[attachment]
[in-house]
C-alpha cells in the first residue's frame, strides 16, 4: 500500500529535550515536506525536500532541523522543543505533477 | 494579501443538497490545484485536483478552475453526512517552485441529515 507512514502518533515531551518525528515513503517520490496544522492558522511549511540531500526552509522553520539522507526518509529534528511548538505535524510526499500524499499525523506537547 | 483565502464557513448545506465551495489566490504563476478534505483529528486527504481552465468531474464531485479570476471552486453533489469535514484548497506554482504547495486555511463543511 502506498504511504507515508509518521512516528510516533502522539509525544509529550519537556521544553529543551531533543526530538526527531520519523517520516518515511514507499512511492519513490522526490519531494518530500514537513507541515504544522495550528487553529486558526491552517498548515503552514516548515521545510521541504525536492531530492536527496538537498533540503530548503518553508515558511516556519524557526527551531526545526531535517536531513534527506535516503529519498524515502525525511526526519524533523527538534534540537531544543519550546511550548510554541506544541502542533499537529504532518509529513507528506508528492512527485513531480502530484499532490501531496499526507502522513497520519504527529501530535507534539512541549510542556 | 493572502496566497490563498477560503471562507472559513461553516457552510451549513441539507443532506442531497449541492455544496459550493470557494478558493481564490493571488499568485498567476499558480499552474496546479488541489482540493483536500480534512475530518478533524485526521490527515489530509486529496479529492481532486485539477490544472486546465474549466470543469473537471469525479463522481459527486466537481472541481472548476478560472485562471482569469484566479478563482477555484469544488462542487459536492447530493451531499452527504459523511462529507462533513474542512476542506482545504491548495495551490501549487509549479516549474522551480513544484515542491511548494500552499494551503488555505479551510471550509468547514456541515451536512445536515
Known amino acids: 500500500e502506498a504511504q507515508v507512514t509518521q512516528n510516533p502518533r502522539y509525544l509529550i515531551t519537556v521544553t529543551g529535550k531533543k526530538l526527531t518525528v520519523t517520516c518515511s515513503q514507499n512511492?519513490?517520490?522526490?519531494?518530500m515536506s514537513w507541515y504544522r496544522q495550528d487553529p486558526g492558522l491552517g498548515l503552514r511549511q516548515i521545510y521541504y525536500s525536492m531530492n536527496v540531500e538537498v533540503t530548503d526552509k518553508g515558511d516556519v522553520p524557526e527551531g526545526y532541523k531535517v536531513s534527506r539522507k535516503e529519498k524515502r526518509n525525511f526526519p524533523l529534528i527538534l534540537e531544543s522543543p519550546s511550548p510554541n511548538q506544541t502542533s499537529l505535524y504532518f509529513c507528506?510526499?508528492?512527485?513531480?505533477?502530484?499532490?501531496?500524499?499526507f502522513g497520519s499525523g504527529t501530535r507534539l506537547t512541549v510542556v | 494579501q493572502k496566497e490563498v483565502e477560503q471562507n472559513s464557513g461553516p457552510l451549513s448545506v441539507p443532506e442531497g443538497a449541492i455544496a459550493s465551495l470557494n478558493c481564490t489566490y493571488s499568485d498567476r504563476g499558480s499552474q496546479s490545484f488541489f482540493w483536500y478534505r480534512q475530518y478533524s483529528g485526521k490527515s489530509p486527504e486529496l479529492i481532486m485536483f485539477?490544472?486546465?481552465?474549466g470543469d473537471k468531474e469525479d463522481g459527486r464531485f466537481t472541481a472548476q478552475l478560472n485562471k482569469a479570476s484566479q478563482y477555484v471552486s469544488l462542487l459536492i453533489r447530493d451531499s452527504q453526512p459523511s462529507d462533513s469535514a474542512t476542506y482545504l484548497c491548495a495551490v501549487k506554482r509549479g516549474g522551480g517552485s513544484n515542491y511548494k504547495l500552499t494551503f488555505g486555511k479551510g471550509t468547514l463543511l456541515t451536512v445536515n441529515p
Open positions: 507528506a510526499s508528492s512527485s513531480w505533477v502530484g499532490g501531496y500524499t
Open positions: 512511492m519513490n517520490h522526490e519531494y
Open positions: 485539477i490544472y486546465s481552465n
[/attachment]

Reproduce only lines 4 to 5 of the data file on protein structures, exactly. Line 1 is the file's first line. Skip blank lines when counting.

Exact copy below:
Open positions: 507528506a510526499s508528492s512527485s513531480w505533477v502530484g499532490g501531496y500524499t
Open positions: 512511492m519513490n517520490h522526490e519531494y